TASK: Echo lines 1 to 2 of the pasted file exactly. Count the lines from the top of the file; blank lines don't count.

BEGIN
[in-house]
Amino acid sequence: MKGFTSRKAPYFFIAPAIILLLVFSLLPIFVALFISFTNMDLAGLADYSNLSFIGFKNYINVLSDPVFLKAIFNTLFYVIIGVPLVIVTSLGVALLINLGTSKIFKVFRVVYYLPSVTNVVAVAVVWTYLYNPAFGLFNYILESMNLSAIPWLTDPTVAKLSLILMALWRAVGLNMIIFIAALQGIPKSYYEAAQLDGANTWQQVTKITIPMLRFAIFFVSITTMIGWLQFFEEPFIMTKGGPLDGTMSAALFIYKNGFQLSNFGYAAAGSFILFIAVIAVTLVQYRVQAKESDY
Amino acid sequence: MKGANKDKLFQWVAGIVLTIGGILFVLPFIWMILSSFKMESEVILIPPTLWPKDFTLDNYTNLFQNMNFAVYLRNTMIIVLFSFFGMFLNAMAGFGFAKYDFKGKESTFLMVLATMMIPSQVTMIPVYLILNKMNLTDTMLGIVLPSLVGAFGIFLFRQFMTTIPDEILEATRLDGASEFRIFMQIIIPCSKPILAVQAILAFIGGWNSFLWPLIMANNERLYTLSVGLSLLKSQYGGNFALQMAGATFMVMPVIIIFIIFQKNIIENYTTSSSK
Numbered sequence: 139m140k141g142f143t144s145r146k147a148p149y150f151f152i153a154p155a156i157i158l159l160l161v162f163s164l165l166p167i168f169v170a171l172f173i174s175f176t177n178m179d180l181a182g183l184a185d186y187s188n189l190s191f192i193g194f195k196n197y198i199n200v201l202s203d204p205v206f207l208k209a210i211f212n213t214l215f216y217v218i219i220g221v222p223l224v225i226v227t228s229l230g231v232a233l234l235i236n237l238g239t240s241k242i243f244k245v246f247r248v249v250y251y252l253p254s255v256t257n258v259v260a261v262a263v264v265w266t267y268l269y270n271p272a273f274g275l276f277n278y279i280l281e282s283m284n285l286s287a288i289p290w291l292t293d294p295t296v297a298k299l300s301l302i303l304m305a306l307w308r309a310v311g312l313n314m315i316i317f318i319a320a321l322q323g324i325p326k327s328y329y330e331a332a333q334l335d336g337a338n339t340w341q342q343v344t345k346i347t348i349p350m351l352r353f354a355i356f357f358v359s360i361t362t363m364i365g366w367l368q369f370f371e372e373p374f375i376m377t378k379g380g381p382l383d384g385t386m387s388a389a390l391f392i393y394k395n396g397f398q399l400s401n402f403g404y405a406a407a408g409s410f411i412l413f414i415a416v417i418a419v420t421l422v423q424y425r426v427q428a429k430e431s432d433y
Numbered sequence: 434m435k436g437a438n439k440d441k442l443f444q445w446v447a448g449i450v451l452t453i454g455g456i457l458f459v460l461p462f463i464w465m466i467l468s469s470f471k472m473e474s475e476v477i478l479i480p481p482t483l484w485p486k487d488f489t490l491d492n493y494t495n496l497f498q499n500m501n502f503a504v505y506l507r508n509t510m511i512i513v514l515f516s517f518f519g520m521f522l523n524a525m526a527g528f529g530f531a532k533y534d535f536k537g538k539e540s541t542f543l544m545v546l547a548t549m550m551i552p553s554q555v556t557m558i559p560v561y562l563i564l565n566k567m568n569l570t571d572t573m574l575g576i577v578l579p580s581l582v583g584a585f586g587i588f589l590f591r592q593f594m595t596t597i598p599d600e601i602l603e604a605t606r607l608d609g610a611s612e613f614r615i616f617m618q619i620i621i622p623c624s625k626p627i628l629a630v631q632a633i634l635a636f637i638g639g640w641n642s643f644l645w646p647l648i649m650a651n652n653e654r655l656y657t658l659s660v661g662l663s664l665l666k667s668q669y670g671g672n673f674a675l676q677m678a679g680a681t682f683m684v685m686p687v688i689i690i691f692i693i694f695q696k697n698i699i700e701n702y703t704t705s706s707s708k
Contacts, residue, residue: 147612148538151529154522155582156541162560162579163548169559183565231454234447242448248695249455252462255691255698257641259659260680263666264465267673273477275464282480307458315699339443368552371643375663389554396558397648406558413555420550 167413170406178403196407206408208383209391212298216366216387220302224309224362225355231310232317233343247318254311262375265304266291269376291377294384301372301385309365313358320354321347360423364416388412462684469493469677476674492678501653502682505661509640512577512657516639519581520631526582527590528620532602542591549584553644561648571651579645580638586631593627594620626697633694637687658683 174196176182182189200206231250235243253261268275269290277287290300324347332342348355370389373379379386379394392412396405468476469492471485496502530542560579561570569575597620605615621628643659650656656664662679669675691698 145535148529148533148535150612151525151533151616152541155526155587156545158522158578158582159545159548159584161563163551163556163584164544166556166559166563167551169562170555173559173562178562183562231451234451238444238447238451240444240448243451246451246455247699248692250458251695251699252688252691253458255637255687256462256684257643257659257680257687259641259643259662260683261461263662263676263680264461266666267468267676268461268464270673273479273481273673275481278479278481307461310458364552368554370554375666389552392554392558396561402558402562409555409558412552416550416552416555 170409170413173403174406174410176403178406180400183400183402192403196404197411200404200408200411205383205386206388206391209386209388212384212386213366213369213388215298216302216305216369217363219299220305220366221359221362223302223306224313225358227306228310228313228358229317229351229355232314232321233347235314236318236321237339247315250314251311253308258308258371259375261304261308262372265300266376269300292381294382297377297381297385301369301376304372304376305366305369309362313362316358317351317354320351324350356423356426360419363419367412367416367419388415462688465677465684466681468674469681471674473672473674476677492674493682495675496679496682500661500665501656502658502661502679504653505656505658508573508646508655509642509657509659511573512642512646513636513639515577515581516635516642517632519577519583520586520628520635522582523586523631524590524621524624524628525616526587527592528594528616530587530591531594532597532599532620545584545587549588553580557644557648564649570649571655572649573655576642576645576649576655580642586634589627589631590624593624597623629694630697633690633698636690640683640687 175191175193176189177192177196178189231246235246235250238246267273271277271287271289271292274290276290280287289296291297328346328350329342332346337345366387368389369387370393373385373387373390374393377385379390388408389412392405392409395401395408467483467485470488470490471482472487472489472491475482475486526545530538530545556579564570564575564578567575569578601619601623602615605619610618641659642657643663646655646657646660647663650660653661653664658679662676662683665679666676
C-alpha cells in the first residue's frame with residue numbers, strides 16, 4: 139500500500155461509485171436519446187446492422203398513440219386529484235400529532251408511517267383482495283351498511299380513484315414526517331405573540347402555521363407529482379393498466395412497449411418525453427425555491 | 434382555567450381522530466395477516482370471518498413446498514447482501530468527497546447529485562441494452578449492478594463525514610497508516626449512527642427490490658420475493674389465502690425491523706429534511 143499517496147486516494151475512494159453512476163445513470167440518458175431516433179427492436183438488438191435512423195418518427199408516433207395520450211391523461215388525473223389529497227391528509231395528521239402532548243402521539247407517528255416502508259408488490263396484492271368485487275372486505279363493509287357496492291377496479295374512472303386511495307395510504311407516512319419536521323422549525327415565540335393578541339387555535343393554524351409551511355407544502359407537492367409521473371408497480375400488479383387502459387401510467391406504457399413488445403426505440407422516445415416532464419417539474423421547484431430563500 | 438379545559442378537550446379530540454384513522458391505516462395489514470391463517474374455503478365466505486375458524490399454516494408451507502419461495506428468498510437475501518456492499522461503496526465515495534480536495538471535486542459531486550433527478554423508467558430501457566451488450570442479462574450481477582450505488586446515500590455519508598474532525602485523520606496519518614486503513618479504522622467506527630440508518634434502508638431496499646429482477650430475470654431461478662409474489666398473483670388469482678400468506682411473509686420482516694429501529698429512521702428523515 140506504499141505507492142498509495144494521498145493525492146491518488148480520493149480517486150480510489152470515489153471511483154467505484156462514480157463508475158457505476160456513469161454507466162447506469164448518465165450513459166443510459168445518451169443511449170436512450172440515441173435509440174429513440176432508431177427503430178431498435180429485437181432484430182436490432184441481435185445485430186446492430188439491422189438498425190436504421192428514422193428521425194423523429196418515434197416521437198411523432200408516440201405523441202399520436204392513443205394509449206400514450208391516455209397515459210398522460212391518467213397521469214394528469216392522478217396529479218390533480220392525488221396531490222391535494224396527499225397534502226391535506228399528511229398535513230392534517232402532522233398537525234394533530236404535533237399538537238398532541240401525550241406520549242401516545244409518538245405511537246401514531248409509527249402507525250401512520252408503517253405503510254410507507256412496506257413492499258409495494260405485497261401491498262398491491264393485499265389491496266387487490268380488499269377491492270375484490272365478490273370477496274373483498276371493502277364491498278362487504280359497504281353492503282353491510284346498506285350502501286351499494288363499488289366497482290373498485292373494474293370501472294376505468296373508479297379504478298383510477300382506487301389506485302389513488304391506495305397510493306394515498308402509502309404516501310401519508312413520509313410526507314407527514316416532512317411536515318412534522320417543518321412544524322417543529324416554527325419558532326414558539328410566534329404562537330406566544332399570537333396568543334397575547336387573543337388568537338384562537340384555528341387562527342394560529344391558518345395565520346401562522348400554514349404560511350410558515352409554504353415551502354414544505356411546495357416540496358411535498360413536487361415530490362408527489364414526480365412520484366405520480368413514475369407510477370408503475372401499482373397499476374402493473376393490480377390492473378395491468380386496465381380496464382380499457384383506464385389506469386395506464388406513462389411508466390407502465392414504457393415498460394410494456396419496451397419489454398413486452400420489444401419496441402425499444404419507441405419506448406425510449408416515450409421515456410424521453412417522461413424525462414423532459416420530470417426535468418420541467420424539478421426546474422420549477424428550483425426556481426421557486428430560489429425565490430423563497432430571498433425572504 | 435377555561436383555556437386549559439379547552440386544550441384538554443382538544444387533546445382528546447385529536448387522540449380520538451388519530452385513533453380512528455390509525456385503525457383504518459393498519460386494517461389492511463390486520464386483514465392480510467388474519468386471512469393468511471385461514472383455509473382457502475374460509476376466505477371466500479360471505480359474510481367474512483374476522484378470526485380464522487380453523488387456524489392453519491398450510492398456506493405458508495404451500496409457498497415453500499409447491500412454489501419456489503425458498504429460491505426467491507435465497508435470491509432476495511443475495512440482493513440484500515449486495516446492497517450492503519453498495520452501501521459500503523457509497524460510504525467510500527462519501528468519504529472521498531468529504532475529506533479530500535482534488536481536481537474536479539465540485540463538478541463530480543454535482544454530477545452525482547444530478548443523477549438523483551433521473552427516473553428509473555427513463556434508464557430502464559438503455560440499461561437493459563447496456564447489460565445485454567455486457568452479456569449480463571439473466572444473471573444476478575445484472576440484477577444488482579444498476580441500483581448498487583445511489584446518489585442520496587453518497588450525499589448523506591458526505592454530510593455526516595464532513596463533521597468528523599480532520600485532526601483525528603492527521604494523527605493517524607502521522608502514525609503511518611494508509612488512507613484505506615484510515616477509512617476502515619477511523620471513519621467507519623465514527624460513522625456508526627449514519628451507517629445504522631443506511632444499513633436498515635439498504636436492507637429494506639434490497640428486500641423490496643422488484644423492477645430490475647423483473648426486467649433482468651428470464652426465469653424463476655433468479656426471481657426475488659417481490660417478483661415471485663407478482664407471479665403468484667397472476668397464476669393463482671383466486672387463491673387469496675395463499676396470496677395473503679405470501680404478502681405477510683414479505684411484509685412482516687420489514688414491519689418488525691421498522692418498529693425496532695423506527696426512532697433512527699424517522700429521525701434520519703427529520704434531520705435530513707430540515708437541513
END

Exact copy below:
[in-house]
Amino acid sequence: MKGFTSRKAPYFFIAPAIILLLVFSLLPIFVALFISFTNMDLAGLADYSNLSFIGFKNYINVLSDPVFLKAIFNTLFYVIIGVPLVIVTSLGVALLINLGTSKIFKVFRVVYYLPSVTNVVAVAVVWTYLYNPAFGLFNYILESMNLSAIPWLTDPTVAKLSLILMALWRAVGLNMIIFIAALQGIPKSYYEAAQLDGANTWQQVTKITIPMLRFAIFFVSITTMIGWLQFFEEPFIMTKGGPLDGTMSAALFIYKNGFQLSNFGYAAAGSFILFIAVIAVTLVQYRVQAKESDY